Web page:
Mar 11, 2013
A review written by Jörg Worat on the concert of Rafał Blechacz and Tonhalle-Orchester Zürich, at Kuppelsaal im HCC: Hannover Congress Centrum, on March 7, posted on Mein-Unterlüß and Cellesche Zeitung (the same article.)
Original review on Mein-Unterlüß
and on Cellesche Zeitung
Tonhalle Orchestra with lively start without showy effect
Are there successors in the classical music, who focus more on the music than on a promotional image? In Kuppelsaal, it was certainly experienced twofold: The Polish pianist Rafał Blechacz is already no longer a hidden secret, and because Lionel Bringuier conducted the Tonhalle Orchestra Zurich on behalf of sick David Zinman, the two artists, way before 30, held the reins that night. Around 1600 visitors however never had an impression of attending a musical kindergarten.
HANNOVER. Hector Berlioz's overture "Le Carnaval romain", you can approach it in a spirited or a balanced dynamic way or with both, which represents the most difficult task - Bringuier mastered it nonetheless and brought out quite a pleasant lively start without causing any showy effect. As for the composition here certainly something like the 2nd piano concerto by Beethoven has noticeably more depth, and Rafał Blechacz knew how to make it clear. The slender pianist is far away from any showy unnaturalness, for him only music counts, i.e. penetration instead of attitude. The piece stands between tradition and autonomy and Blechacz fully meets exactly this character. His touch is remarkably clear, since each tone remained clearly identifiable even in fast-paced passages. The pianist never turned the thunder-god out, rather shows in the 2nd movement and above all towards the end, how much he takes back and thus can just increase the intensity, while being in the best harmony with the conductor Bringuier, as there was a remarkably harmonic interplay performed between the soloist and the orchestras at all. So beautiful is the ability of making music in a subtle way, however - the finale would have tolerated an additional pinch of pepper. For an encore, Blechacz chose the composer whose interpretations he is first and foremost known for: Chopin. Again no superficial bravura piece, performed even more lingering, as it was veiled.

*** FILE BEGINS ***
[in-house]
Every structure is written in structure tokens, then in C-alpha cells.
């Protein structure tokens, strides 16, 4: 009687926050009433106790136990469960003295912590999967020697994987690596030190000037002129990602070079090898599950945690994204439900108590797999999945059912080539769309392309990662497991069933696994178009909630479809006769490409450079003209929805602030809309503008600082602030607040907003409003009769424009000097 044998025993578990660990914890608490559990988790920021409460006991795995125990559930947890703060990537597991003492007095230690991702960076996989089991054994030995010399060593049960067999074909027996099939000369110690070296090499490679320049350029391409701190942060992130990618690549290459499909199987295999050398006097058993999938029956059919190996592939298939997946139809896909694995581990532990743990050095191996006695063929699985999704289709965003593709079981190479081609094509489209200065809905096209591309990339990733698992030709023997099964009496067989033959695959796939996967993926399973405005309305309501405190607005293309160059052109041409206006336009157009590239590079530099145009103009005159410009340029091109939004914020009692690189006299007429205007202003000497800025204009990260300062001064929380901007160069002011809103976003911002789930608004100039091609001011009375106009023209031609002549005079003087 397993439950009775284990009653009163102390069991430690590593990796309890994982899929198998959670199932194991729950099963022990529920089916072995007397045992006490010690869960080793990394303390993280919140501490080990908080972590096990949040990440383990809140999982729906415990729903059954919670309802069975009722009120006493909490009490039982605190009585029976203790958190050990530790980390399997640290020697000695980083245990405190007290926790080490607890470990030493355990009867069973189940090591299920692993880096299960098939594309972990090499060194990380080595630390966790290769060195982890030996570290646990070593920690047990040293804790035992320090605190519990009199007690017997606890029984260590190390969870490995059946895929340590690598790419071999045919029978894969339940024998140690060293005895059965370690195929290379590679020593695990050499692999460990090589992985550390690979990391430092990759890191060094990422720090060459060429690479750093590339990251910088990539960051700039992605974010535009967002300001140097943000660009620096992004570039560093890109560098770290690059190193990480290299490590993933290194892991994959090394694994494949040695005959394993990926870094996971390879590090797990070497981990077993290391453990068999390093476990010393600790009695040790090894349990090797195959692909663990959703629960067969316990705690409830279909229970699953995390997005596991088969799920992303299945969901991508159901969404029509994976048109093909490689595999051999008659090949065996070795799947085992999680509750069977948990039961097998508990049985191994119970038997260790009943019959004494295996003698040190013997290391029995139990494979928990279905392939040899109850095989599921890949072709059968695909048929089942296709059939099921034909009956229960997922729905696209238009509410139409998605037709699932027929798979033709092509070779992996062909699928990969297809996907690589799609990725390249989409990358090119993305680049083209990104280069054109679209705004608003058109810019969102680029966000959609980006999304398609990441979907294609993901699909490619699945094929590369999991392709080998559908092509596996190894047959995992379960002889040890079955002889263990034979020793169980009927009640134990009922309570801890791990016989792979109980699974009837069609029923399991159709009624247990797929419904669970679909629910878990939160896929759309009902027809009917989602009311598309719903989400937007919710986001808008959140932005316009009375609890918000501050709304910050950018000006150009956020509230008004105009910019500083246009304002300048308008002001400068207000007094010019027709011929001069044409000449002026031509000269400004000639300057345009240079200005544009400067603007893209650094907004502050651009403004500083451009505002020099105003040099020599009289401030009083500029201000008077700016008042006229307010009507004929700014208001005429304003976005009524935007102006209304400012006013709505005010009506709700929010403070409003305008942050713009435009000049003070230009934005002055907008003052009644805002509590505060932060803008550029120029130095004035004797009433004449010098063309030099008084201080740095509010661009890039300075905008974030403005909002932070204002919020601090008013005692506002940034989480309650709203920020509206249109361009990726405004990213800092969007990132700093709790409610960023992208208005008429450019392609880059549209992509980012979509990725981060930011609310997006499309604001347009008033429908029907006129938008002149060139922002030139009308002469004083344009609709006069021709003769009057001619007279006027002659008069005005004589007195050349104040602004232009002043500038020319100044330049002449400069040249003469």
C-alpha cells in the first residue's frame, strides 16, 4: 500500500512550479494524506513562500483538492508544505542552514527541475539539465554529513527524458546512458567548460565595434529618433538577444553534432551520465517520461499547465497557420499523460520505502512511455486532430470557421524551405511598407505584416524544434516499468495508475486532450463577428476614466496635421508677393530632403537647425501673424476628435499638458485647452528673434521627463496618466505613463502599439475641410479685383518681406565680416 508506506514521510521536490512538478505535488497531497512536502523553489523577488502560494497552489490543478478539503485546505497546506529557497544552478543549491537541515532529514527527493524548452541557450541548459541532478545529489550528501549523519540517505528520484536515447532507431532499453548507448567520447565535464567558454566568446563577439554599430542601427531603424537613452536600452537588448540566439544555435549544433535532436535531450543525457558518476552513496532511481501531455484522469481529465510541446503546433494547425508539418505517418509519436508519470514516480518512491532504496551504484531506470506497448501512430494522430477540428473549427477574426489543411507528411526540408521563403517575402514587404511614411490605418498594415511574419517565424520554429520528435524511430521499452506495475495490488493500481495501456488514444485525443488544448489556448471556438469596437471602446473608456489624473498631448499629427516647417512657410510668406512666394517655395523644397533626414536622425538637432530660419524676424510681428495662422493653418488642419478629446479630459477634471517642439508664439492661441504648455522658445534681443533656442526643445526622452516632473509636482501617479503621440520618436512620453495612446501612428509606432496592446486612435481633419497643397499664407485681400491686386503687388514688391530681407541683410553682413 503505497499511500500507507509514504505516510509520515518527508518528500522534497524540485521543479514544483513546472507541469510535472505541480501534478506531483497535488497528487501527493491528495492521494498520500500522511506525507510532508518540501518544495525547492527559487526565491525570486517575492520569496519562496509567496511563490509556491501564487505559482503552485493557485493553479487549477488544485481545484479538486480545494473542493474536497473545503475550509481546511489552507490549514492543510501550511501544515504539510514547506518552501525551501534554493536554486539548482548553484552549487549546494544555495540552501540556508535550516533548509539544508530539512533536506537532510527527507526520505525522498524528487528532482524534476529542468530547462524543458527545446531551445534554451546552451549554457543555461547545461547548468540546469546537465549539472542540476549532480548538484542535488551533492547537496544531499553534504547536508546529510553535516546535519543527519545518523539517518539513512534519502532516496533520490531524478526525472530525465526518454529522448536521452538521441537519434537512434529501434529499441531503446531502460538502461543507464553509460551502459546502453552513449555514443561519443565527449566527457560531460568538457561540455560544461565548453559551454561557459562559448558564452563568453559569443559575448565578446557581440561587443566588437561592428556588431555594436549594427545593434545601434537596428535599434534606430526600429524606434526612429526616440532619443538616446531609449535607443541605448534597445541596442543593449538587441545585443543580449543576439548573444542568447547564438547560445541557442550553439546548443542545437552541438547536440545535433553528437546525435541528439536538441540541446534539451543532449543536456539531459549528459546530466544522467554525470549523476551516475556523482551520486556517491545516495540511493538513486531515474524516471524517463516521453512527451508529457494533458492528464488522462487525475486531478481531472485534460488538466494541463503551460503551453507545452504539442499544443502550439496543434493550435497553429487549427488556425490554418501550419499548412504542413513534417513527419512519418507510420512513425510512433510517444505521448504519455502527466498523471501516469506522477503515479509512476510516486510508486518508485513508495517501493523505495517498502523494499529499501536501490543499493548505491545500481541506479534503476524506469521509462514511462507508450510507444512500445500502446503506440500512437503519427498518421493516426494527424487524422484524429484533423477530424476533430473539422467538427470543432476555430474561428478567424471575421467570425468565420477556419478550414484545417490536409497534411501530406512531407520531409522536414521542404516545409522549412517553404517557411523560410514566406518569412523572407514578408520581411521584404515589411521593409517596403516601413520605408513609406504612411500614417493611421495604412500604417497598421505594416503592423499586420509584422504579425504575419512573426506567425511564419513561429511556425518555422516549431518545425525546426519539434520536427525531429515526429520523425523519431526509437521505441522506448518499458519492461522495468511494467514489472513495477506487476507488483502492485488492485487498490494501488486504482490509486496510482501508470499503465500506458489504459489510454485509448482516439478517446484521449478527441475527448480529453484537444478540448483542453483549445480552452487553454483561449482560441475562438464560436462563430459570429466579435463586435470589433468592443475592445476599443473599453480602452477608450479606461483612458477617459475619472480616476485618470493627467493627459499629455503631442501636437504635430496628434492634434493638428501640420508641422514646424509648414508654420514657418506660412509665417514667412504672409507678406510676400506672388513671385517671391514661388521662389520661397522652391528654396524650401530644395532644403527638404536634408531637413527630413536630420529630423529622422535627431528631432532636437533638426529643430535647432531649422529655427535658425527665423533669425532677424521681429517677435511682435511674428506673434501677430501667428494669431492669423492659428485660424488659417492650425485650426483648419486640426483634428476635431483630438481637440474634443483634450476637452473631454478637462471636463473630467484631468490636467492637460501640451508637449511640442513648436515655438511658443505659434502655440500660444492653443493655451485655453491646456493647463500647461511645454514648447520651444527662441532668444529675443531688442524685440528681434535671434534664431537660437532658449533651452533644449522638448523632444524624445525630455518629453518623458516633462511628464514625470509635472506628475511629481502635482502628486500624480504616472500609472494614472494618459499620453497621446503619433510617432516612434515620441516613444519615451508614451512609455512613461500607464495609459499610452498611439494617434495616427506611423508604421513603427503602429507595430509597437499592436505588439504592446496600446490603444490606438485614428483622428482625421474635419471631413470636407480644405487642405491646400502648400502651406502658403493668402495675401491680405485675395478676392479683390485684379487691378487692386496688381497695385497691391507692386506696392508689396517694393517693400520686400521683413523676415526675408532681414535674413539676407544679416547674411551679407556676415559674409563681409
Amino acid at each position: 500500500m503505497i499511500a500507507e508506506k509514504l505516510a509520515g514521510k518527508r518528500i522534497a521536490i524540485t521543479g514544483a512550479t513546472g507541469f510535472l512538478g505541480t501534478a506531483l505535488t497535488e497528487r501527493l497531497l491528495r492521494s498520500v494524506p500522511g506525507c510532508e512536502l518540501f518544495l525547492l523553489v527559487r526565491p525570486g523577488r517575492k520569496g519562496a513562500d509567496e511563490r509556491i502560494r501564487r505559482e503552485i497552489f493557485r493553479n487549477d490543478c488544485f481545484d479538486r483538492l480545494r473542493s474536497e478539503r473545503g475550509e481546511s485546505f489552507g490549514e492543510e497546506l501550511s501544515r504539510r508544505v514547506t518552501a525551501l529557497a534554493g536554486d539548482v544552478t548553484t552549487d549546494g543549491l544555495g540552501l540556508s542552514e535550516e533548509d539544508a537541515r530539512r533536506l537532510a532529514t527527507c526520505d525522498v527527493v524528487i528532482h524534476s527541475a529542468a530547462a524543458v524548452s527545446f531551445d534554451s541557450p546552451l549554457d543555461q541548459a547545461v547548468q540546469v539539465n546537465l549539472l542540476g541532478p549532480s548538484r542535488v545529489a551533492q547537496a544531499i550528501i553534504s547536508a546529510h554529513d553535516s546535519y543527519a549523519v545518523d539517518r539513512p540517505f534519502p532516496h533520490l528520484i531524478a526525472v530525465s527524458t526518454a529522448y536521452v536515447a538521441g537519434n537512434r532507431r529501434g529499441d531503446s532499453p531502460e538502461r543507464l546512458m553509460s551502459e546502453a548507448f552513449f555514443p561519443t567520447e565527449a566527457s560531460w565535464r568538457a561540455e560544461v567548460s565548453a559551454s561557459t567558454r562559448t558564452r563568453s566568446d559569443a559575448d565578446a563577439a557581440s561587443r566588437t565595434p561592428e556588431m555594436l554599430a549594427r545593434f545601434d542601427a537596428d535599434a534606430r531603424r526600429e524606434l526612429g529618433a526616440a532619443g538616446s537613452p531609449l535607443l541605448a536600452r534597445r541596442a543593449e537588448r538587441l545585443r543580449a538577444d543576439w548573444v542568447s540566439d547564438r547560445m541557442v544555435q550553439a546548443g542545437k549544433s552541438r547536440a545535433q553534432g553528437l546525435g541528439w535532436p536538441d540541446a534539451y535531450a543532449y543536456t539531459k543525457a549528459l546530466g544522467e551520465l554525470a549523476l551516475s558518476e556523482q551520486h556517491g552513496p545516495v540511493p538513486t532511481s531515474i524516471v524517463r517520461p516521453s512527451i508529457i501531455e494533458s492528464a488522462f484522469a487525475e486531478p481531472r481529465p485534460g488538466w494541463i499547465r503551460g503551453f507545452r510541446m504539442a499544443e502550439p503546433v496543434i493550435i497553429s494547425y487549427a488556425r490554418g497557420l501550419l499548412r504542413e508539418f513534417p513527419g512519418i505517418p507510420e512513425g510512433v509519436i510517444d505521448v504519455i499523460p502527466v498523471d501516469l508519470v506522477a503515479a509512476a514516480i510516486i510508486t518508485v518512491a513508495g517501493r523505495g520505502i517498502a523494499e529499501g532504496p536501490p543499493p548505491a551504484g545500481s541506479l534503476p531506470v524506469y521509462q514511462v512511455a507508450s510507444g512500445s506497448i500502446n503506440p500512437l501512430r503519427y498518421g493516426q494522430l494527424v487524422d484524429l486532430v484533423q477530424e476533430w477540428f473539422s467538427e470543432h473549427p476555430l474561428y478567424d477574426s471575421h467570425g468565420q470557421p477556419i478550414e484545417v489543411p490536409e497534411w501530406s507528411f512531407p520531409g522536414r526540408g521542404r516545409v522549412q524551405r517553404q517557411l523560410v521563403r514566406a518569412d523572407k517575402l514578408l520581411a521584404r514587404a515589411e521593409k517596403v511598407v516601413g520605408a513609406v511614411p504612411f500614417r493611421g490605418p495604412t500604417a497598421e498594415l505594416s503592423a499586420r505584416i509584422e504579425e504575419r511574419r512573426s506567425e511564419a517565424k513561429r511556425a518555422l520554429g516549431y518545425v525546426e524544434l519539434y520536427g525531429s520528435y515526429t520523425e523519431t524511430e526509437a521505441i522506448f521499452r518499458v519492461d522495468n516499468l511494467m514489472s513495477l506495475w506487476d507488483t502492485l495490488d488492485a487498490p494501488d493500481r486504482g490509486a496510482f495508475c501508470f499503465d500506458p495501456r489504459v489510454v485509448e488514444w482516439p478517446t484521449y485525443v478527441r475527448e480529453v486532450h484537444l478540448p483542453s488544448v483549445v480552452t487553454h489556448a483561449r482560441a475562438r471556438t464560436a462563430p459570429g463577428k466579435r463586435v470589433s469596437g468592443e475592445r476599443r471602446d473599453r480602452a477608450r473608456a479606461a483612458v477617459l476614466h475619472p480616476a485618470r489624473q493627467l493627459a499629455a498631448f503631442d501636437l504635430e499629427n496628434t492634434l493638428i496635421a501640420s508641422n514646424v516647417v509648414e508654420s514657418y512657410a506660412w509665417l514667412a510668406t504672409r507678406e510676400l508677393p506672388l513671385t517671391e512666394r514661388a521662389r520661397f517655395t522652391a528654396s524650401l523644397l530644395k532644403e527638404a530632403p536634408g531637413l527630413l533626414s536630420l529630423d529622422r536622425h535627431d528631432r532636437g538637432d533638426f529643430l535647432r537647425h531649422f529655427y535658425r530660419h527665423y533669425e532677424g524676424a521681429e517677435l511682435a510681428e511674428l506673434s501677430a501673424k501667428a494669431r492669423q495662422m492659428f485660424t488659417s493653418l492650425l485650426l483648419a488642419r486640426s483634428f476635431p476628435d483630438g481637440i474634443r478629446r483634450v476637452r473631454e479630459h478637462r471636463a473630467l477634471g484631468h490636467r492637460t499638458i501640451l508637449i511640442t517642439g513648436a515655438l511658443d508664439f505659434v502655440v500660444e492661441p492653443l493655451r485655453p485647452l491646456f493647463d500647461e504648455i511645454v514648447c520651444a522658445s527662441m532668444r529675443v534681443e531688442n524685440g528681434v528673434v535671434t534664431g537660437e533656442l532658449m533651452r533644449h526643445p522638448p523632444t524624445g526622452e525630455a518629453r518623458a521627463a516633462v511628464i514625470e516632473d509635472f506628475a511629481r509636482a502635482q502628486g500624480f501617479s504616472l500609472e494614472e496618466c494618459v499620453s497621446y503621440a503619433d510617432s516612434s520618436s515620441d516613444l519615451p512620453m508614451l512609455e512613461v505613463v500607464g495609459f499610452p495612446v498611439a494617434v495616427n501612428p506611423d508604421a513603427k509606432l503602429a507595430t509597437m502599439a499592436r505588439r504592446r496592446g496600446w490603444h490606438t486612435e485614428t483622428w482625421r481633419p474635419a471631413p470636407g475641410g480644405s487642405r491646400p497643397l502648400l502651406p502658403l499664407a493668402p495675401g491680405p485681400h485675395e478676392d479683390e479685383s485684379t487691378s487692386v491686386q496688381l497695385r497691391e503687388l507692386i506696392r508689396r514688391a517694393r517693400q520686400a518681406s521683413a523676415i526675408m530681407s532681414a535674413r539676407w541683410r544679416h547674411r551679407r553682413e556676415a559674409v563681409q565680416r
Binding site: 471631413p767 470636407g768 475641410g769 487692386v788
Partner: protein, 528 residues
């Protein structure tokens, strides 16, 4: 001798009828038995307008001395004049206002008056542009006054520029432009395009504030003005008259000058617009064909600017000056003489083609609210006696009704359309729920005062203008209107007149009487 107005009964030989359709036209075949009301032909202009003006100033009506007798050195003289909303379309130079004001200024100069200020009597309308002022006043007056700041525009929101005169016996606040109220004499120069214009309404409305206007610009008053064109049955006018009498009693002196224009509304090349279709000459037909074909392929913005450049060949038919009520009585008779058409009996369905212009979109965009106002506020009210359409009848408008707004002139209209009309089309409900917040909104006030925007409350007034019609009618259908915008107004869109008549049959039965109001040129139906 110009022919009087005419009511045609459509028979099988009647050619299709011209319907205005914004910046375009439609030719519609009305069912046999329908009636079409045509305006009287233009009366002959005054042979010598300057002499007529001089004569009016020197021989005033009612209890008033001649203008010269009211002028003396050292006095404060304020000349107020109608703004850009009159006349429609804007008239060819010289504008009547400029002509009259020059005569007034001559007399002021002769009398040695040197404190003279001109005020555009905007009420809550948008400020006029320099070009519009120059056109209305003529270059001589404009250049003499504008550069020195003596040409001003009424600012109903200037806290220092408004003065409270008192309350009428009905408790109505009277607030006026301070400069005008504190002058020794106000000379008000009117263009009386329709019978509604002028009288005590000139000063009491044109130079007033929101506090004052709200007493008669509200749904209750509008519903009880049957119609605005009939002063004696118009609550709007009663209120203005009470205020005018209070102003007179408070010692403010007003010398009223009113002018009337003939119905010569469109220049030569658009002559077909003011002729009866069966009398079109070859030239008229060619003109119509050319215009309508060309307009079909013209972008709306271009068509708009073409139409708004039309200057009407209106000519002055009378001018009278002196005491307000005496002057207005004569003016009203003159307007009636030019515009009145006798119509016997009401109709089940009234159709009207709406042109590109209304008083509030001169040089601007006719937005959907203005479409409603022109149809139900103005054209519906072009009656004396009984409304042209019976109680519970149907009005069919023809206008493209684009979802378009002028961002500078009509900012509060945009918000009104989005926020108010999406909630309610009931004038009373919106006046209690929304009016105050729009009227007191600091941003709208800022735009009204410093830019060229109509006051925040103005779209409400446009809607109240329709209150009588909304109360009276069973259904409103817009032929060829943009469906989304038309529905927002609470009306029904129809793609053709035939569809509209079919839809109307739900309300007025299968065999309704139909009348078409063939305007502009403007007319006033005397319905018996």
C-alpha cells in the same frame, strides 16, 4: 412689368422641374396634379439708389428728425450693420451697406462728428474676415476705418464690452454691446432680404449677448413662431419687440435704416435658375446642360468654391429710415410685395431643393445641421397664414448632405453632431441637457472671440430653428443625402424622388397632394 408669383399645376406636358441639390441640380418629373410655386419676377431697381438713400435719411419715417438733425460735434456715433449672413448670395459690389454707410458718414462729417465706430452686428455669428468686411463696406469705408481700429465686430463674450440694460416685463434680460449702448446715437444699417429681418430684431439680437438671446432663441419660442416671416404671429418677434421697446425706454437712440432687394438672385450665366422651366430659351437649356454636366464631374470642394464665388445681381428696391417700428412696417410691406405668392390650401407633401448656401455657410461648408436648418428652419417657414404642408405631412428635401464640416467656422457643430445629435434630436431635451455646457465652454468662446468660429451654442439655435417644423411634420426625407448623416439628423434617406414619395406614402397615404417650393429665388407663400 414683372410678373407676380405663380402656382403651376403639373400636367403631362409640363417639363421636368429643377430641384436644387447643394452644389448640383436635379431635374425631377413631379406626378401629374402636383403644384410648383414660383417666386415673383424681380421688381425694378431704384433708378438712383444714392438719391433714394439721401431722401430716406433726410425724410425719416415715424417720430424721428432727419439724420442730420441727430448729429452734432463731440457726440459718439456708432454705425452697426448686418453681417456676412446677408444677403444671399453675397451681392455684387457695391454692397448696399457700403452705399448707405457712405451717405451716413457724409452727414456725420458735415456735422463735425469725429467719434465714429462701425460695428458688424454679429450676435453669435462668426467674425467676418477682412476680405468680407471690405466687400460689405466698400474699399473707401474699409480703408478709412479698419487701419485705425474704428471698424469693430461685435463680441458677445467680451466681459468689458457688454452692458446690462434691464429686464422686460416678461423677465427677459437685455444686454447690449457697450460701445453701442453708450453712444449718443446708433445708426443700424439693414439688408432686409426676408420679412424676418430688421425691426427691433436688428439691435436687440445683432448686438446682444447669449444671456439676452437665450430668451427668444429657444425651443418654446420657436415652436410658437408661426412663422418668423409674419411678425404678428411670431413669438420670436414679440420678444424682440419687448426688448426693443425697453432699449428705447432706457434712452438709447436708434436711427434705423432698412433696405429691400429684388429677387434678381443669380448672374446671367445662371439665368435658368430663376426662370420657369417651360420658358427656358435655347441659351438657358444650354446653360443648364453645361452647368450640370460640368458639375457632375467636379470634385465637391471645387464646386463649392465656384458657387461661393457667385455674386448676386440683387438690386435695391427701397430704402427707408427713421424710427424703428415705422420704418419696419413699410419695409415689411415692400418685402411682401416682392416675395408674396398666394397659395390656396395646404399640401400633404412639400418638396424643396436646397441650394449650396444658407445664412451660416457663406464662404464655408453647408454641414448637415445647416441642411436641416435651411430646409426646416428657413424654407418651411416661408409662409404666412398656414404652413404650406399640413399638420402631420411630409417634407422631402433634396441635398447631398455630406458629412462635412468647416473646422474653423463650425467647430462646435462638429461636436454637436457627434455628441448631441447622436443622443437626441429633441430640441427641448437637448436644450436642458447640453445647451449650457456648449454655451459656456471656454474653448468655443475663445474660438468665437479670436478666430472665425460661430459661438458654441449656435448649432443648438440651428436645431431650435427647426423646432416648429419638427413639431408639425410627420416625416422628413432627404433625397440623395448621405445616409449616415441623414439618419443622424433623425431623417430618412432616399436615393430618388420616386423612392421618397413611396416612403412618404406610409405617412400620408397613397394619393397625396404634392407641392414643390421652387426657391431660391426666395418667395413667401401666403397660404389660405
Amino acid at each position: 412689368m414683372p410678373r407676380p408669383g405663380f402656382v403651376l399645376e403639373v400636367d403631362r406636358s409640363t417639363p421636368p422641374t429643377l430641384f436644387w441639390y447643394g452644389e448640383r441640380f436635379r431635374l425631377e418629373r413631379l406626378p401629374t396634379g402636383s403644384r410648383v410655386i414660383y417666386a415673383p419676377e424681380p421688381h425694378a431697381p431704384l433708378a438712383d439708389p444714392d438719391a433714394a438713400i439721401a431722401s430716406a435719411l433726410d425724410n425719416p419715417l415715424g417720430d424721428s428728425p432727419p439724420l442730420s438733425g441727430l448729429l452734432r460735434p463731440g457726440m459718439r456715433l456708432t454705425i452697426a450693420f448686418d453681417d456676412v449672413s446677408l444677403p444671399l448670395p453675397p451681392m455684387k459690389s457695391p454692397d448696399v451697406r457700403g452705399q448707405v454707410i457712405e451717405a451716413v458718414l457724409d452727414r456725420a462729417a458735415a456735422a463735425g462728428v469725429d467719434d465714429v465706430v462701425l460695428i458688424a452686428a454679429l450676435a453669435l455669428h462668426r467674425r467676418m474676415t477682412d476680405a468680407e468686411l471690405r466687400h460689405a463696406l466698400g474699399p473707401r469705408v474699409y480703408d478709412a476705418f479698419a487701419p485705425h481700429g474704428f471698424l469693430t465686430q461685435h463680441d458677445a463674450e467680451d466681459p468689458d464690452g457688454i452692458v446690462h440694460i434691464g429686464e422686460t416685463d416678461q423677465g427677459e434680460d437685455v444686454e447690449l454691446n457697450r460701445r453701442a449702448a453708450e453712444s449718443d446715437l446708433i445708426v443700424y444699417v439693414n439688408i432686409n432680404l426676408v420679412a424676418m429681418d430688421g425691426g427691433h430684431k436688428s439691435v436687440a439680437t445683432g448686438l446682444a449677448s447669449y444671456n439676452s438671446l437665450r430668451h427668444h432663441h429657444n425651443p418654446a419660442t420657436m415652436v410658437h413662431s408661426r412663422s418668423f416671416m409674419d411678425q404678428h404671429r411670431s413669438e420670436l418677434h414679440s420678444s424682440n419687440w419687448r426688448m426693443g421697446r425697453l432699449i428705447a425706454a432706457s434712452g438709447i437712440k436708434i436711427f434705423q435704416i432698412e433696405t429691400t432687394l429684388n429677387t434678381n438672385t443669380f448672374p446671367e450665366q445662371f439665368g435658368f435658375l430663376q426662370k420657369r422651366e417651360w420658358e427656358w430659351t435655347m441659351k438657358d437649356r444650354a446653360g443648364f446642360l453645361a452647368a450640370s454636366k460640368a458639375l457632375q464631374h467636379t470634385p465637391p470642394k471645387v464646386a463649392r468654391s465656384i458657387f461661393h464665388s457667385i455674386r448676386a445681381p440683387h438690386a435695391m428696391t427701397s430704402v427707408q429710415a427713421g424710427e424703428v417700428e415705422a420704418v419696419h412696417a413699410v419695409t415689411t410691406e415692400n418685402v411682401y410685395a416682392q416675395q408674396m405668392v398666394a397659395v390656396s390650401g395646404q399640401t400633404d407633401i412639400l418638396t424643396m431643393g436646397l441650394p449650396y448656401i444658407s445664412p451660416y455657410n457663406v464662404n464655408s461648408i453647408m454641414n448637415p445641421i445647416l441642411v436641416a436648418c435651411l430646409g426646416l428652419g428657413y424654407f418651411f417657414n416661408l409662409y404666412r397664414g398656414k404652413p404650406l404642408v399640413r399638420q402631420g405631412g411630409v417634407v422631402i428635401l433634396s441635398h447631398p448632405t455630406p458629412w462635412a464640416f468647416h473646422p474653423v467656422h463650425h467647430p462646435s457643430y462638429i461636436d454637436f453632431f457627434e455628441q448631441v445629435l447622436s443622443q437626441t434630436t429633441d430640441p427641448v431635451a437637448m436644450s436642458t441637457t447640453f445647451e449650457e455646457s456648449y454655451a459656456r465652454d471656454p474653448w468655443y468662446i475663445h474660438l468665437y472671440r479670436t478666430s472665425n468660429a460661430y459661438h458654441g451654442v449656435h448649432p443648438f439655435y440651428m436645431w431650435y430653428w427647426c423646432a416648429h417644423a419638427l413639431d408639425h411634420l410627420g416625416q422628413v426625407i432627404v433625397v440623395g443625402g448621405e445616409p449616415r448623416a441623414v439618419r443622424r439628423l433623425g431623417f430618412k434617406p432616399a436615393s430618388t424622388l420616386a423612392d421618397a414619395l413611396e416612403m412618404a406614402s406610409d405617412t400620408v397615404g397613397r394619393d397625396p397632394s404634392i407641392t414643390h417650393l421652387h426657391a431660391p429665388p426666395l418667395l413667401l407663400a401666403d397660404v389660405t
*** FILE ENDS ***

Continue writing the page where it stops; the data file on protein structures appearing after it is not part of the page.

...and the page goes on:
(Johannes Brahms' first Symphony....)
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